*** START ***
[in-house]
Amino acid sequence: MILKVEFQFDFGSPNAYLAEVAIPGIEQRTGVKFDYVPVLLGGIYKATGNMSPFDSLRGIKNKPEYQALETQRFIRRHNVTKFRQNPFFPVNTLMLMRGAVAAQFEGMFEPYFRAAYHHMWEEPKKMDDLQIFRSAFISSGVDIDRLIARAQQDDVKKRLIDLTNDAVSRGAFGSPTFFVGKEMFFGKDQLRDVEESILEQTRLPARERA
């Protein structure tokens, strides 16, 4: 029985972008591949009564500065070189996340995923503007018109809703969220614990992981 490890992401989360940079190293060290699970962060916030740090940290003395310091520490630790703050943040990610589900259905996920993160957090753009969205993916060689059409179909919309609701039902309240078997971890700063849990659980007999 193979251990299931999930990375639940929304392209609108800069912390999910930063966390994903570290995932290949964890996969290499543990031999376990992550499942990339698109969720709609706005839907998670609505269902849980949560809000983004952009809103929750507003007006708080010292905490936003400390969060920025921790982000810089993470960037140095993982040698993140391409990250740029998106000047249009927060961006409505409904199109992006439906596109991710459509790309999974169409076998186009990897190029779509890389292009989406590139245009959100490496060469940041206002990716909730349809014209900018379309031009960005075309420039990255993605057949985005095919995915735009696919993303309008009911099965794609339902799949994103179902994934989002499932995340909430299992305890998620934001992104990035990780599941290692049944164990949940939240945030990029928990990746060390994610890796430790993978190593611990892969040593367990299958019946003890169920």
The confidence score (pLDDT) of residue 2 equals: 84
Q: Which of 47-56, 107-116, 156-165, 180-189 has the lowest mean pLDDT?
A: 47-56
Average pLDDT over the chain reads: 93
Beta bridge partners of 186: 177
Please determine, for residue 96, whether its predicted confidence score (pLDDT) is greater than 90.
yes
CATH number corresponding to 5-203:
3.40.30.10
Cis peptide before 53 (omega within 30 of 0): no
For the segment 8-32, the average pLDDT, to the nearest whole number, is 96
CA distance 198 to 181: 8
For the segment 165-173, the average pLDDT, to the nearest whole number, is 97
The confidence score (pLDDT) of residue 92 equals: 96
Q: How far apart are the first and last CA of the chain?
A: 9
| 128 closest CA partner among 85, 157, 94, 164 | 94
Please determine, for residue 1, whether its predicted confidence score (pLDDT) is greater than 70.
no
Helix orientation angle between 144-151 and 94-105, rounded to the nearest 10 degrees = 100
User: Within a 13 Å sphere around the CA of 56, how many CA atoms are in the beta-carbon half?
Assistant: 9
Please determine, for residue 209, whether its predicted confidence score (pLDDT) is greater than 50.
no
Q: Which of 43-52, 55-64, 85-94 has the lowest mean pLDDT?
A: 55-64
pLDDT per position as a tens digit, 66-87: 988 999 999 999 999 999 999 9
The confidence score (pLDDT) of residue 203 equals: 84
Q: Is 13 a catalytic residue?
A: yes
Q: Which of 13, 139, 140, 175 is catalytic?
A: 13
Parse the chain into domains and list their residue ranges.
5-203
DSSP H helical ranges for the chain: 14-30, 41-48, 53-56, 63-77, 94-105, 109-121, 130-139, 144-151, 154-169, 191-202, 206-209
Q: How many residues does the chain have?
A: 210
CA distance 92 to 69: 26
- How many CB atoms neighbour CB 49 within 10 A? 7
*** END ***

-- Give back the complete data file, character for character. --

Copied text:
[in-house]
Amino acid sequence: MILKVEFQFDFGSPNAYLAEVAIPGIEQRTGVKFDYVPVLLGGIYKATGNMSPFDSLRGIKNKPEYQALETQRFIRRHNVTKFRQNPFFPVNTLMLMRGAVAAQFEGMFEPYFRAAYHHMWEEPKKMDDLQIFRSAFISSGVDIDRLIARAQQDDVKKRLIDLTNDAVSRGAFGSPTFFVGKEMFFGKDQLRDVEESILEQTRLPARERA
């Protein structure tokens, strides 16, 4: 029985972008591949009564500065070189996340995923503007018109809703969220614990992981 490890992401989360940079190293060290699970962060916030740090940290003395310091520490630790703050943040990610589900259905996920993160957090753009969205993916060689059409179909919309609701039902309240078997971890700063849990659980007999 193979251990299931999930990375639940929304392209609108800069912390999910930063966390994903570290995932290949964890996969290499543990031999376990992550499942990339698109969720709609706005839907998670609505269902849980949560809000983004952009809103929750507003007006708080010292905490936003400390969060920025921790982000810089993470960037140095993982040698993140391409990250740029998106000047249009927060961006409505409904199109992006439906596109991710459509790309999974169409076998186009990897190029779509890389292009989406590139245009959100490496060469940041206002990716909730349809014209900018379309031009960005075309420039990255993605057949985005095919995915735009696919993303309008009911099965794609339902799949994103179902994934989002499932995340909430299992305890998620934001992104990035990780599941290692049944164990949940939240945030990029928990990746060390994610890796430790993978190593611990892969040593367990299958019946003890169920």
The confidence score (pLDDT) of residue 2 equals: 84
Q: Which of 47-56, 107-116, 156-165, 180-189 has the lowest mean pLDDT?
A: 47-56
Average pLDDT over the chain reads: 93
Beta bridge partners of 186: 177
Please determine, for residue 96, whether its predicted confidence score (pLDDT) is greater than 90.
yes
CATH number corresponding to 5-203:
3.40.30.10
Cis peptide before 53 (omega within 30 of 0): no
For the segment 8-32, the average pLDDT, to the nearest whole number, is 96
CA distance 198 to 181: 8
For the segment 165-173, the average pLDDT, to the nearest whole number, is 97
The confidence score (pLDDT) of residue 92 equals: 96
Q: How far apart are the first and last CA of the chain?
A: 9
| 128 closest CA partner among 85, 157, 94, 164 | 94
Please determine, for residue 1, whether its predicted confidence score (pLDDT) is greater than 70.
no
Helix orientation angle between 144-151 and 94-105, rounded to the nearest 10 degrees = 100
User: Within a 13 Å sphere around the CA of 56, how many CA atoms are in the beta-carbon half?
Assistant: 9
Please determine, for residue 209, whether its predicted confidence score (pLDDT) is greater than 50.
no
Q: Which of 43-52, 55-64, 85-94 has the lowest mean pLDDT?
A: 55-64
pLDDT per position as a tens digit, 66-87: 988 999 999 999 999 999 999 9
The confidence score (pLDDT) of residue 203 equals: 84
Q: Is 13 a catalytic residue?
A: yes
Q: Which of 13, 139, 140, 175 is catalytic?
A: 13
Parse the chain into domains and list their residue ranges.
5-203
DSSP H helical ranges for the chain: 14-30, 41-48, 53-56, 63-77, 94-105, 109-121, 130-139, 144-151, 154-169, 191-202, 206-209
Q: How many residues does the chain have?
A: 210
CA distance 92 to 69: 26
- How many CB atoms neighbour CB 49 within 10 A? 7